The Tenancies Reform Bill presented by Liberal Democrat MP Sarah Teather and aimed at stopping 'revenge evictions’, has failed to secure enough votes to pass in Parliament, much to the relief of Landlord Action and other industry organisations.
Following the result, Founder of Landlord Action, Paul Shamplina, who gave evidence at the end of October to the All Party Parliamentary Group, commented “This is great news for landlords. Whilst I fully agree that tenants need to be protected from the small minority of rogue landlords, there simply wasn’t enough evidence to support the need for more legislation, which would have impacted a large number of good, reliable landlords.”
“In the 24 years I have been dealing with problem tenants, I have only ever heard of the words “retaliation/revenge eviction” in th
e last 18 months. Section 21 gives a landlord an automatic right of possession without having to give any grounds (reason) once the fixed term has expired. Shelter’s figures that 213,000 tenants have been served Section 21 notices as revenge evictions must be guess work because without surveying every landlord, it is hard to understand how they have reached this figure.”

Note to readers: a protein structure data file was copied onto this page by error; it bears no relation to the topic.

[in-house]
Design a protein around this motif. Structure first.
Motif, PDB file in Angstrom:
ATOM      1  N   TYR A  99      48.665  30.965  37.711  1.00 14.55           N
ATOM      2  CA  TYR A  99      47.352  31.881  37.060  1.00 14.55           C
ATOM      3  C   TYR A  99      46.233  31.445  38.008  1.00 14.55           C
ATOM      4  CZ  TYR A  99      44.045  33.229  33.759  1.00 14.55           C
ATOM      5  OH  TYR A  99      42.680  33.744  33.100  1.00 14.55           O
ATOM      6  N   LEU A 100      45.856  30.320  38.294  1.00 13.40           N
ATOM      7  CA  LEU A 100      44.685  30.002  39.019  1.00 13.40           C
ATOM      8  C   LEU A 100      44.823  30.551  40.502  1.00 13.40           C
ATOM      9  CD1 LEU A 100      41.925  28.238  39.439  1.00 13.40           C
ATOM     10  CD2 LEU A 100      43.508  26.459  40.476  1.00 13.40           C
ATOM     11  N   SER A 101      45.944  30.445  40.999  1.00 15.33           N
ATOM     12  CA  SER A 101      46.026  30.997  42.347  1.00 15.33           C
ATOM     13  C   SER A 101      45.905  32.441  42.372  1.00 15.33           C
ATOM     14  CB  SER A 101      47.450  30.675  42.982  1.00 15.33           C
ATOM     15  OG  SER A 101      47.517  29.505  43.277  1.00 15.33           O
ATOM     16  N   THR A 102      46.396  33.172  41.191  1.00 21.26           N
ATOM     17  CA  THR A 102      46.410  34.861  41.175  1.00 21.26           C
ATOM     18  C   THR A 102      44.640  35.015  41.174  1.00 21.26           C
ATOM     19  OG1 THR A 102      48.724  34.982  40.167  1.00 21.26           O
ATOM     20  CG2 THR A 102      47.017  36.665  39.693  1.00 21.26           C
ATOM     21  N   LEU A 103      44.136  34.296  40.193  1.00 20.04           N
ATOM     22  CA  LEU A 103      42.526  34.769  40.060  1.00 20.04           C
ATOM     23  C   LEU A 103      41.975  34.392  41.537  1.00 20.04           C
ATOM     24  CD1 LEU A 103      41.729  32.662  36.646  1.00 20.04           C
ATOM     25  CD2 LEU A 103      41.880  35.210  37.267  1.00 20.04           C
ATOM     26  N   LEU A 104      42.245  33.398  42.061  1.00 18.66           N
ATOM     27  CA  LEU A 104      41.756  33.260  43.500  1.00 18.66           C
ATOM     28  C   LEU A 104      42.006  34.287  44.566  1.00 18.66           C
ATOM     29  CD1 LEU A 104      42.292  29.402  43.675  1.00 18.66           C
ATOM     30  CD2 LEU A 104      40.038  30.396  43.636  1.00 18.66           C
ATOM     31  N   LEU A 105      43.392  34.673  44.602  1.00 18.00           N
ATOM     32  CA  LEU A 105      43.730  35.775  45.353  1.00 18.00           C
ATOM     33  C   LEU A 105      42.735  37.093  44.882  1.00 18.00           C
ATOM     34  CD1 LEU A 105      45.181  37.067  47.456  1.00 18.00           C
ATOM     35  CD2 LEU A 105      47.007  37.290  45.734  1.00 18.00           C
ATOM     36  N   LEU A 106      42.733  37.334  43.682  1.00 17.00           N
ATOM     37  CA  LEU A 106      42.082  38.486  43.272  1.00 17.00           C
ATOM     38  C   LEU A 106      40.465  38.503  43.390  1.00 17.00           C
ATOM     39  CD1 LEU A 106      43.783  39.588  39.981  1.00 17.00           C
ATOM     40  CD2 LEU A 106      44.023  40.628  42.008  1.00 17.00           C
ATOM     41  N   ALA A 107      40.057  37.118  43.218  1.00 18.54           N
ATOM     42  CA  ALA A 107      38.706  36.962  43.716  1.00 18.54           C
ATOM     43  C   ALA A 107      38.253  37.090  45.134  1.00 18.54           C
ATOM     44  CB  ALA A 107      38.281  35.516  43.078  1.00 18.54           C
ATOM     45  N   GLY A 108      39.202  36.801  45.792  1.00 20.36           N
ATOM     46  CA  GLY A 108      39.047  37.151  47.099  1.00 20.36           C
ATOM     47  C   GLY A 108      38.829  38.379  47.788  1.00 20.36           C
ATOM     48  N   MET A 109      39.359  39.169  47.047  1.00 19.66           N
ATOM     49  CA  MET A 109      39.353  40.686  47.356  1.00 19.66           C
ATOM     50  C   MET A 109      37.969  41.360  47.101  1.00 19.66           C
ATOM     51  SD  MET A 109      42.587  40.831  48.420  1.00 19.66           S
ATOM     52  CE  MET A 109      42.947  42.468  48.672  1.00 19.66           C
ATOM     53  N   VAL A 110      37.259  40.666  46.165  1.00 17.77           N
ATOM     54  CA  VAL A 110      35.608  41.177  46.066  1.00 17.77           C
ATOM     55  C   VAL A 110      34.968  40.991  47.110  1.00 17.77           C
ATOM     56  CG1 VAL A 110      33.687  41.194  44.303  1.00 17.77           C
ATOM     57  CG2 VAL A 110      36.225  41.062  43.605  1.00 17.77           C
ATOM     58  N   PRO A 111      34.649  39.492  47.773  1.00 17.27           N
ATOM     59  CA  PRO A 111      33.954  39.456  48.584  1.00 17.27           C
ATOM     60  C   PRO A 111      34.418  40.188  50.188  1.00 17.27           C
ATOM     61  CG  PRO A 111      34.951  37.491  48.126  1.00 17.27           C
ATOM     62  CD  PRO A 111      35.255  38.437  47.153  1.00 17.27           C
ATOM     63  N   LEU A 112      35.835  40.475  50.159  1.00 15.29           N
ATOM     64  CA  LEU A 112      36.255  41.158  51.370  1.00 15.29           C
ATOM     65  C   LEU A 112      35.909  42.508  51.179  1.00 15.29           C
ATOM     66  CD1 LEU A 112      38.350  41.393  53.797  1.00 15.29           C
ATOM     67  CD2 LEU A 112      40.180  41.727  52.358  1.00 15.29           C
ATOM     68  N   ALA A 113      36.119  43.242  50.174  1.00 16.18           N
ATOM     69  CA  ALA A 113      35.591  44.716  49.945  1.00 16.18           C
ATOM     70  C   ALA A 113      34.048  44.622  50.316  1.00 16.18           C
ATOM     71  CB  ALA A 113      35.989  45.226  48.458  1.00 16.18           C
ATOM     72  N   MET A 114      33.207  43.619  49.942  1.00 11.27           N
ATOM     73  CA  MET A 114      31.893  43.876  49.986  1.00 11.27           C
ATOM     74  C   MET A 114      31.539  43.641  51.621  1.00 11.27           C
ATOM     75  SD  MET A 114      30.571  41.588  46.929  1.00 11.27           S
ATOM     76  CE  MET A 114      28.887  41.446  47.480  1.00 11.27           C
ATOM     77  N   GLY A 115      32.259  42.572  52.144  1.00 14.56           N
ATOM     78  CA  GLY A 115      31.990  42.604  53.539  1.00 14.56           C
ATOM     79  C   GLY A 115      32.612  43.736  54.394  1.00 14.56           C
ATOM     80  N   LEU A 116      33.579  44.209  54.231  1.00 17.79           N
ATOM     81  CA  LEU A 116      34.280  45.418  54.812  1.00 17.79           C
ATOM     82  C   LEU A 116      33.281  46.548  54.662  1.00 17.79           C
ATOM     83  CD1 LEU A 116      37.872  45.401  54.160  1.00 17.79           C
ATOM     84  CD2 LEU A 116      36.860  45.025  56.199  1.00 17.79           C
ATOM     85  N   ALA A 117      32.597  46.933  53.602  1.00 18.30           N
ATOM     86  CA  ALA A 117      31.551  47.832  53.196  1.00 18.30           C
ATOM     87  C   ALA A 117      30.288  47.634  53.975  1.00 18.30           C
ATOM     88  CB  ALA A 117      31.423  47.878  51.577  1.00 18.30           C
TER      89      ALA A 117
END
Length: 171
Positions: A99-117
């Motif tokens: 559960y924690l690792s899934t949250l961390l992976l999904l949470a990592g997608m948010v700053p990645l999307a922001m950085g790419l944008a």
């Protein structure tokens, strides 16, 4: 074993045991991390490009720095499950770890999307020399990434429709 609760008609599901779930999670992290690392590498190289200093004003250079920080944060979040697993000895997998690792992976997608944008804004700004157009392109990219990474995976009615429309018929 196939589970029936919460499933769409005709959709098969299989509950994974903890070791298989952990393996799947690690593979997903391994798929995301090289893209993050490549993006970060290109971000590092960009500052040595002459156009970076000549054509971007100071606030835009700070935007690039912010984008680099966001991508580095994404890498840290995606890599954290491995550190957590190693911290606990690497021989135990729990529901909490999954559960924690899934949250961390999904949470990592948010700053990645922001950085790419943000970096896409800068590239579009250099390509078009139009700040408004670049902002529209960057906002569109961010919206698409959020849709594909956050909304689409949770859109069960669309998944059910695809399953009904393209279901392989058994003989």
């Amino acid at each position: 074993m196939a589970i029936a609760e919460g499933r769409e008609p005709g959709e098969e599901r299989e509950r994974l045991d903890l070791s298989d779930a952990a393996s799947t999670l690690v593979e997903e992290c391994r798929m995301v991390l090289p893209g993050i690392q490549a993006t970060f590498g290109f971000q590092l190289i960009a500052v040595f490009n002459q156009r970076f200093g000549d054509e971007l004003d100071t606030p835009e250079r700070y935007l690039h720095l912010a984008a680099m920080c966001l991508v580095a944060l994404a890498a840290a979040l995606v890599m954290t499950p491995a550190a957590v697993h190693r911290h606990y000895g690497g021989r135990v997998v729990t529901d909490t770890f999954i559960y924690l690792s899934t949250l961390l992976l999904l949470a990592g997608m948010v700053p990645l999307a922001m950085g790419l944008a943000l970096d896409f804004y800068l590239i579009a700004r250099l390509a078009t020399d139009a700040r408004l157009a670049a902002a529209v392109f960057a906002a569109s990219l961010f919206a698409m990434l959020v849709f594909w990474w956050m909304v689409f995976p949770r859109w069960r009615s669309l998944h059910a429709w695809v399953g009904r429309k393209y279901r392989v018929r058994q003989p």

A recent survey of landlords that had instructed Landlord Action to serve Section 21 notices revealed that only 2% had served a section 21 because the tenant had asked for repairs. 28% served notice because there were rent arrears and 15% needed the property back so they could sell, 13% needed to move back into the property, 11% wanted to re-let to another tenant to obtain more rent and 8% said the tenant wanted to be evicted so they could be re-housed by the Council.
Paul Shamplina continues “passing this Bill would have created a loophole for tenants to remain in properties for longer, lead to further rental arrears problems, stretched the resources of local authorities even further and lead to longer delays at court. Yes, we want to make sure tenants live in a safe and pleasant environment, but preventing the proper use of Section 21 is not the way to do this and would simply tarnish good landlords with a bad name.”
We at Landlord Action would like to acknowledge the hard work carried out by RLA in relation to this Bill.